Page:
Images of horses recurred at intervals, singly, or in pairs face to face; and as evening came on we saw round a pagoda a whole procession of horses in terra-cotta, some very much injured, arranged as if they were running round, one after another, in search of the heads and legs they had lost.
Cymbals and kettle-drums formed the orchestra, reinforced by the shrill cries and strident laughter of the spectators.
NANDGAUN Further on we came to a courtyard surrounded by a cloister, where the market for precious stones was held. The empress, invisible under her wrappers of gauze as thin as air, and surrounded by her women fanning her, would come out on her high balcony to choose the gems that pleased her for a moment by their sparkle, and then disappear into the gardens behind insurmountable walls. In another court, a[Pg 209] pool kept stocked with fish gave Shah Jehangir the pleasure of fancying he was fishing. At a turn in the road the view opened out to a[Pg 249] distant horizon; the plain of Peshawur, intensely green in contrast with the rosy tone of the foreground; and far away the Himalayas, faintly blue with glaciers of fiery gold in the sun, against a gloomy sky where the clouds were gathering.
And there are ruins all the way to Delhi, whither we returned by the old fortress of Purana Kila, with its pink walls overlooked by a few aerial minarets and more traces of graceful carving, the precursors of the Divan i Khas and Moti Musjid the Pearl Mosque.
"A doctor? I cannot say," replied Abibulla, "but the sahib knows many things." The woman's eyes entreated me. Would I not come? it would comfort the sick man, and help him, perhaps, to die easily if the gods would not spare him.
And certainly the most comical of all is the representation of a baboo donor, to whom two servants, prostrate before him, are offering a glass of water.
The subterranean passage leading from the empress's rooms to the mosque, has in the roof a thick flagstone that admits a subdued glimmer as through amber or honey, lighting up all one end of the dark corridor.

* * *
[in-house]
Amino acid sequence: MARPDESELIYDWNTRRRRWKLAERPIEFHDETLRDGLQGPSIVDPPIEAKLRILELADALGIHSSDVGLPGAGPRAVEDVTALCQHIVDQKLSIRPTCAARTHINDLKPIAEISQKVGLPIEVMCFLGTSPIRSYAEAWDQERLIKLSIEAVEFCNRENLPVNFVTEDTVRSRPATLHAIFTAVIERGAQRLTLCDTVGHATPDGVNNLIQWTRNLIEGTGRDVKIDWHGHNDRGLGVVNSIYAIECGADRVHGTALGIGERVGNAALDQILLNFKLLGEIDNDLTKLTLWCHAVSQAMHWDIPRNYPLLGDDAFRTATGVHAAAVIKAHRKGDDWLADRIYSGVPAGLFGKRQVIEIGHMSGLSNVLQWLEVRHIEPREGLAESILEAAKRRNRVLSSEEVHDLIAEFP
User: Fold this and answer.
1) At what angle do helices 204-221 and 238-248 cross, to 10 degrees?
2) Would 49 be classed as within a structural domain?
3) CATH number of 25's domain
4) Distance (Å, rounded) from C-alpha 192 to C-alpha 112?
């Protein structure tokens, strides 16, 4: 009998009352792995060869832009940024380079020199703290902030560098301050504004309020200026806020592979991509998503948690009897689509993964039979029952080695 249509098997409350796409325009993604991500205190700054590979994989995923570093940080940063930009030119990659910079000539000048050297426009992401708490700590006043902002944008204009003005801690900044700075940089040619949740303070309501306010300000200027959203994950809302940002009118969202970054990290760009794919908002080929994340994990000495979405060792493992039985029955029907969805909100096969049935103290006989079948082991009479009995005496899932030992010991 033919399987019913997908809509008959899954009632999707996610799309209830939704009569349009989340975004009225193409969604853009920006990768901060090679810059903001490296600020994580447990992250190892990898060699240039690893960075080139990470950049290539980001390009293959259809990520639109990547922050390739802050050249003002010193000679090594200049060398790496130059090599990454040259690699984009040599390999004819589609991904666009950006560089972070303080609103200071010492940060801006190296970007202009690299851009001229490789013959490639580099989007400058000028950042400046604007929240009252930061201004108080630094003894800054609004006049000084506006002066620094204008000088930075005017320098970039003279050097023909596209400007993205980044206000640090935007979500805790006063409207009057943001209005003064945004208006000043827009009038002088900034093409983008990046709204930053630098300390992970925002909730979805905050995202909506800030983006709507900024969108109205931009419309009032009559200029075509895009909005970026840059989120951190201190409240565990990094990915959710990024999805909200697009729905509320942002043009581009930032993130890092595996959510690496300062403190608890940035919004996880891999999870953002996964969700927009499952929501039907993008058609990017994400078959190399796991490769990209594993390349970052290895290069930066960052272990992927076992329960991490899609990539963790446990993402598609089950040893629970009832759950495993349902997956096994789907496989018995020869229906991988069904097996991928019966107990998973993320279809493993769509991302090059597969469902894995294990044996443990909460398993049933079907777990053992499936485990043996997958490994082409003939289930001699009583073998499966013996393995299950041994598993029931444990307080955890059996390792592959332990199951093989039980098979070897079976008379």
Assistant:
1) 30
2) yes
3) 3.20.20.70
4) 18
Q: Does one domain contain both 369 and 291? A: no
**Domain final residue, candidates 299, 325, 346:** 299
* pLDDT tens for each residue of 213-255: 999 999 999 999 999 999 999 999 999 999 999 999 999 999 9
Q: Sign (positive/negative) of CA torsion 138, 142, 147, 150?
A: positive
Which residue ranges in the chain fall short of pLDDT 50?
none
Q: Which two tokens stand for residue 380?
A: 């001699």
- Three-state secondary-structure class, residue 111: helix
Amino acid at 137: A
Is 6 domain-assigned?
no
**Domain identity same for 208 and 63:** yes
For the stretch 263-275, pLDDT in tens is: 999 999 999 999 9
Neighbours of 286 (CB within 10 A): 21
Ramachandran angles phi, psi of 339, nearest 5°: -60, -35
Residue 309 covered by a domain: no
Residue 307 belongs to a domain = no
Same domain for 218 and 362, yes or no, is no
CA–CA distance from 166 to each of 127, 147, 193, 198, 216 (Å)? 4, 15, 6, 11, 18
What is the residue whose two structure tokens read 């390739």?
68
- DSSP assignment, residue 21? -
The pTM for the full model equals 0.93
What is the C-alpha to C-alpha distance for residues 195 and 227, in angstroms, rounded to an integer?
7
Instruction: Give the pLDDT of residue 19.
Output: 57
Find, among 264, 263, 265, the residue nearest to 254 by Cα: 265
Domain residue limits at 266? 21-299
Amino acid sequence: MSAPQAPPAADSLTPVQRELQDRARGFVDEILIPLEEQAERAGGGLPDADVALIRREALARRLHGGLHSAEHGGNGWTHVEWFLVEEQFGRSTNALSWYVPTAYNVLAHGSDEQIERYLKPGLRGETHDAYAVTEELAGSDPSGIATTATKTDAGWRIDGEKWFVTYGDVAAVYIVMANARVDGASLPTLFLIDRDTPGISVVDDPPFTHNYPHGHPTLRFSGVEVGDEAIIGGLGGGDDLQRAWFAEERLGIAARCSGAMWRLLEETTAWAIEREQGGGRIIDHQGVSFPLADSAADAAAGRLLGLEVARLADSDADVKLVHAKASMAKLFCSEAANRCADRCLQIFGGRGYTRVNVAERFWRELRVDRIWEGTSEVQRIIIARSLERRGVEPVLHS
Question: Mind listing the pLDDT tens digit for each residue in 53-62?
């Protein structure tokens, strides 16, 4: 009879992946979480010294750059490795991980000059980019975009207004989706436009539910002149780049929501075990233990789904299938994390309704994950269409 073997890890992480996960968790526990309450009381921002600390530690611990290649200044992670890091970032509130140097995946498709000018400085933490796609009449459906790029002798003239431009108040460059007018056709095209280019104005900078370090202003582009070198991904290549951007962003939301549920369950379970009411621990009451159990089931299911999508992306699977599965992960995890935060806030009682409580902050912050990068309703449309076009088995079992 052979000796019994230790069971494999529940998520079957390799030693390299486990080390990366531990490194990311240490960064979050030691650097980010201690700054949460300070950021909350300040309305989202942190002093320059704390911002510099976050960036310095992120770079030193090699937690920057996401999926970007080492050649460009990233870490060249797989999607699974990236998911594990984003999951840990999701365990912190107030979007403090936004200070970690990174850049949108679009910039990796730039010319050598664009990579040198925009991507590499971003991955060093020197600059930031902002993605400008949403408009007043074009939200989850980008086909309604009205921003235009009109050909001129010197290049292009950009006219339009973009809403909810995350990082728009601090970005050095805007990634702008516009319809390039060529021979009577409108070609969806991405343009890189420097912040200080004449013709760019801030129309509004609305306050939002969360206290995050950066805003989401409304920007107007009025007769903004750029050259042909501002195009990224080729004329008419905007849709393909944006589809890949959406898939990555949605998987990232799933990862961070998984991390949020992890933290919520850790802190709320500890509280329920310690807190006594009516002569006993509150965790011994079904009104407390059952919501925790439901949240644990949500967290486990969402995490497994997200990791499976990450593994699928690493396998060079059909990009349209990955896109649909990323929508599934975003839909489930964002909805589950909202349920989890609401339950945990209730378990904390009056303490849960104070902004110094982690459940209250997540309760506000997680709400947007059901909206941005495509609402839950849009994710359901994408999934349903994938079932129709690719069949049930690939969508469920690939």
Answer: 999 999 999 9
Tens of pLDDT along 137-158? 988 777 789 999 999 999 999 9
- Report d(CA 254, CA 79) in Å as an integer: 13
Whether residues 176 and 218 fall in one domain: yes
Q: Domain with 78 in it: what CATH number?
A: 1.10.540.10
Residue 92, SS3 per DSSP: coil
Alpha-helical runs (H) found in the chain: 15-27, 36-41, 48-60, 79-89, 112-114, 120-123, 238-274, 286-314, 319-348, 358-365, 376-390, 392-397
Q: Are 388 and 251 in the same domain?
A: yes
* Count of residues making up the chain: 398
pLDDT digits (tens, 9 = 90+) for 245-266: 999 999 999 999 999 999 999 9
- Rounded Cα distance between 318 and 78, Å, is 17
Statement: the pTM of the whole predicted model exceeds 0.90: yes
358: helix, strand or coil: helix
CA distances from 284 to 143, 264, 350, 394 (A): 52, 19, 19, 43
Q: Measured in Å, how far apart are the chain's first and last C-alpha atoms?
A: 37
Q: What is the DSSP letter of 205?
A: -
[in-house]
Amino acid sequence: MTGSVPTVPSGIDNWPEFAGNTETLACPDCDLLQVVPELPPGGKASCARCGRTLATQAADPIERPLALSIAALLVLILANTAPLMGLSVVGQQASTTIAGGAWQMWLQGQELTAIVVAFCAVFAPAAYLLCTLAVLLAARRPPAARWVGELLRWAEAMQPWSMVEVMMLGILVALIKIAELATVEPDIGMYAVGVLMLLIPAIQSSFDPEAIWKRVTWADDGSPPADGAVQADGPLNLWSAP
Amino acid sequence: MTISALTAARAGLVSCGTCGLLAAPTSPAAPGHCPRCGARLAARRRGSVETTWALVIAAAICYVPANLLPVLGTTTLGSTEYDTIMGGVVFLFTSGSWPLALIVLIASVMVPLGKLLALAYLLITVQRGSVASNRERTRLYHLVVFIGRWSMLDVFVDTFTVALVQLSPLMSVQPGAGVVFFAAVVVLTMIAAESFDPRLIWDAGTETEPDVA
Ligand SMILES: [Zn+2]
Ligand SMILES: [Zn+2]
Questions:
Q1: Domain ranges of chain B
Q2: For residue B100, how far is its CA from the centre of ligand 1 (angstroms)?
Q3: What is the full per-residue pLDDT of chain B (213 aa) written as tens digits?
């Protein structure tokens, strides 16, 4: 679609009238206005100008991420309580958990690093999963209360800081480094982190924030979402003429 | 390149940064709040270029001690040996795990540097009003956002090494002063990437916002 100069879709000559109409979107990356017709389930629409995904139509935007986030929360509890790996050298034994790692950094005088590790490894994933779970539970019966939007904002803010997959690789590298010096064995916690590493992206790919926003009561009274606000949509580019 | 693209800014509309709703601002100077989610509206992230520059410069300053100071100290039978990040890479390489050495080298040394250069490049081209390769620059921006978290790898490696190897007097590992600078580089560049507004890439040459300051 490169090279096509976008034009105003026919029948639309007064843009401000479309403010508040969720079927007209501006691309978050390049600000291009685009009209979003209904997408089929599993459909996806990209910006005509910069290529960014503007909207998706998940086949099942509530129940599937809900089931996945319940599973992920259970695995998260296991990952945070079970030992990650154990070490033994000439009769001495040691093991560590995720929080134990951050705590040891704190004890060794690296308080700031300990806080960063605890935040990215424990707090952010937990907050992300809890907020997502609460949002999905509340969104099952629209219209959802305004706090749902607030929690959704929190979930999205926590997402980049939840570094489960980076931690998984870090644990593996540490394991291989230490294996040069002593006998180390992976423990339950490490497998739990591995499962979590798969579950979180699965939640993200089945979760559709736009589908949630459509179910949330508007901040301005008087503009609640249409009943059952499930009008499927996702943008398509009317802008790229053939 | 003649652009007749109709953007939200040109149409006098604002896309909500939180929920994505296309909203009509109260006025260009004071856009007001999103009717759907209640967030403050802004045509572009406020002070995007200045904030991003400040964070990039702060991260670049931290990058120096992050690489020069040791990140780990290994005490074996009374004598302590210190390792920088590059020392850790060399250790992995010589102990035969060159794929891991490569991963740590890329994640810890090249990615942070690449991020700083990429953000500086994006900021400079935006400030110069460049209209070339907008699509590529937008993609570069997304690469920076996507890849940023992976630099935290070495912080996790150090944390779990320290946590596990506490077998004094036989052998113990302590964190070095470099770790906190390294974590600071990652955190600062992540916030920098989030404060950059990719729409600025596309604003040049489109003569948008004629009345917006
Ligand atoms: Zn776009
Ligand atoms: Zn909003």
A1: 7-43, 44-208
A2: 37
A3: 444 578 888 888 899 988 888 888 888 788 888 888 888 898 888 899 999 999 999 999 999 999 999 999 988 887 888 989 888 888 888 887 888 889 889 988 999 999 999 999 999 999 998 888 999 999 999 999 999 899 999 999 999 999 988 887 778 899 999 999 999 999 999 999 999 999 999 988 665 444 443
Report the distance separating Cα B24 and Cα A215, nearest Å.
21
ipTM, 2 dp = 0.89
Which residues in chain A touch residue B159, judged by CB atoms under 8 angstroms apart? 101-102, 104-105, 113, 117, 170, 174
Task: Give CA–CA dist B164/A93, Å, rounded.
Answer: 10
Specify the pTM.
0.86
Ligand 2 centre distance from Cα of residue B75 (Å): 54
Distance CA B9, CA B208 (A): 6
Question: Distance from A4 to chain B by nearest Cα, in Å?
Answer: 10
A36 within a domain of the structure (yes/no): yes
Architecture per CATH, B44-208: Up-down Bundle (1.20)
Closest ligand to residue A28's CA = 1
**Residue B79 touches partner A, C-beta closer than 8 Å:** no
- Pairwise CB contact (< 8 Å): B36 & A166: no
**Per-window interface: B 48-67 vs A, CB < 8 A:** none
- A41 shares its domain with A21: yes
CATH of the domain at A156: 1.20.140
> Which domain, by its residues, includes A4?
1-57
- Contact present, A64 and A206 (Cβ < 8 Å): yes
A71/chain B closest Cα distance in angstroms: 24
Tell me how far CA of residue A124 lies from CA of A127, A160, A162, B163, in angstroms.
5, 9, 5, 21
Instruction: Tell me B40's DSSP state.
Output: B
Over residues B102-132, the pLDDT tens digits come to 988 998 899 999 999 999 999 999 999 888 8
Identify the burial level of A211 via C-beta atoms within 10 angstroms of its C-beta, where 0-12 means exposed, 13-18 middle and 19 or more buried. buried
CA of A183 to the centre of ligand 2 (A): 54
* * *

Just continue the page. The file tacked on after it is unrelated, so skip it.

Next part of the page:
All round the Royal Hill ancient buildings are piled in stages, the remains of still majestic magnificence. The thorn-brakes cover supporting walls as broad as crenellated terraces; fragments of light and fantastic architecture stand up from amid golden blossoms; tottering colonnades overhang tanks, all green at the bottom with a pool of brackish water.
In the middle of the station groups of women and children squatted on the flagstones, their little bundles about them of red and white rags, and copper pots looking like gold; a huddled heap of misery, in this enormous hall of palatial proportions, handsomely decorated with sculptured marble.
Off next morning to the Khyber Pass. The road lay across the vast monotonous plain, richly productive all the way from Peshawur to the foot of the hills. At one end of a field some men had spread a net and were beating the field towards the corners with a heavy rope that broke down the tall oats; before long the birds were seen struggling under the meshes, but they were soon caught and carried away in cages.
As soon as dessert was removed two lieutenants got up, and seizing a couple of drums played away with all their might, while some other officers, under the pretext of dancing a Highland fling, cut the most amazing capers. When the band had left[Pg 276] the fun went on to the sound of the banjo, lasting late into the cool night, all in the highest spirits.